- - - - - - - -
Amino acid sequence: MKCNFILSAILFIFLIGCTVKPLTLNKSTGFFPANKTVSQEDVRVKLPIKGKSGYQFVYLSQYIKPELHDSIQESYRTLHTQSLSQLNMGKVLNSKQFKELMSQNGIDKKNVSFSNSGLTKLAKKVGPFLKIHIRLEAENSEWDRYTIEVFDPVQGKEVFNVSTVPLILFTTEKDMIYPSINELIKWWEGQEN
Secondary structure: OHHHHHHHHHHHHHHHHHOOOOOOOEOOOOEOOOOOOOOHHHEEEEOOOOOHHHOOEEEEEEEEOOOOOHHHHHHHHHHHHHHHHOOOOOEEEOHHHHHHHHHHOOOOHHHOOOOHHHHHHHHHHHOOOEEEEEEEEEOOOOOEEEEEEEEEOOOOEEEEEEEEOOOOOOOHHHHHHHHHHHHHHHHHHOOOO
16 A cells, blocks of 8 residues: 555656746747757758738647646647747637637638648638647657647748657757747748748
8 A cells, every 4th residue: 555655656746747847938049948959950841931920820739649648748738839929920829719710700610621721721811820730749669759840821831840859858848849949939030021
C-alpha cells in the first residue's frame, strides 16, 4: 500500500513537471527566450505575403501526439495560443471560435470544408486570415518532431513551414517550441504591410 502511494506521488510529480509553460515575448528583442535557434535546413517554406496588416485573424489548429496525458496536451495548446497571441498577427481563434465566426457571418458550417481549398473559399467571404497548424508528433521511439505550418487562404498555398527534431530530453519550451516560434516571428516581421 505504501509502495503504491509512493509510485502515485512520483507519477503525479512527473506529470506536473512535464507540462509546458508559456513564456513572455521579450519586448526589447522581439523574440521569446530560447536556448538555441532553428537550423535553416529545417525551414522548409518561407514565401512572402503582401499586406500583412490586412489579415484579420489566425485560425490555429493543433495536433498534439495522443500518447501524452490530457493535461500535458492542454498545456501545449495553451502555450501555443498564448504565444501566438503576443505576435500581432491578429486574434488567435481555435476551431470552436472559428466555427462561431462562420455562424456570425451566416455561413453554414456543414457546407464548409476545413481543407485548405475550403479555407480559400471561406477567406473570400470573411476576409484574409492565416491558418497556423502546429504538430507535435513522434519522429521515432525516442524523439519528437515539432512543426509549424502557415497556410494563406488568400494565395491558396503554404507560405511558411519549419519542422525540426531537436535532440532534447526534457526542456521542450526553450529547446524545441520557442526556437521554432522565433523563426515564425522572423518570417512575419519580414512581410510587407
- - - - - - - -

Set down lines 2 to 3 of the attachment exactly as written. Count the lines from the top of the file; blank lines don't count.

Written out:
Secondary structure: OHHHHHHHHHHHHHHHHHOOOOOOOEOOOOEOOOOOOOOHHHEEEEOOOOOHHHOOEEEEEEEEOOOOOHHHHHHHHHHHHHHHHOOOOOEEEOHHHHHHHHHHOOOOHHHOOOOHHHHHHHHHHHOOOEEEEEEEEEOOOOOEEEEEEEEEOOOOEEEEEEEEOOOOOOOHHHHHHHHHHHHHHHHHHOOOO
16 A cells, blocks of 8 residues: 555656746747757758738647646647747637637638648638647657647748657757747748748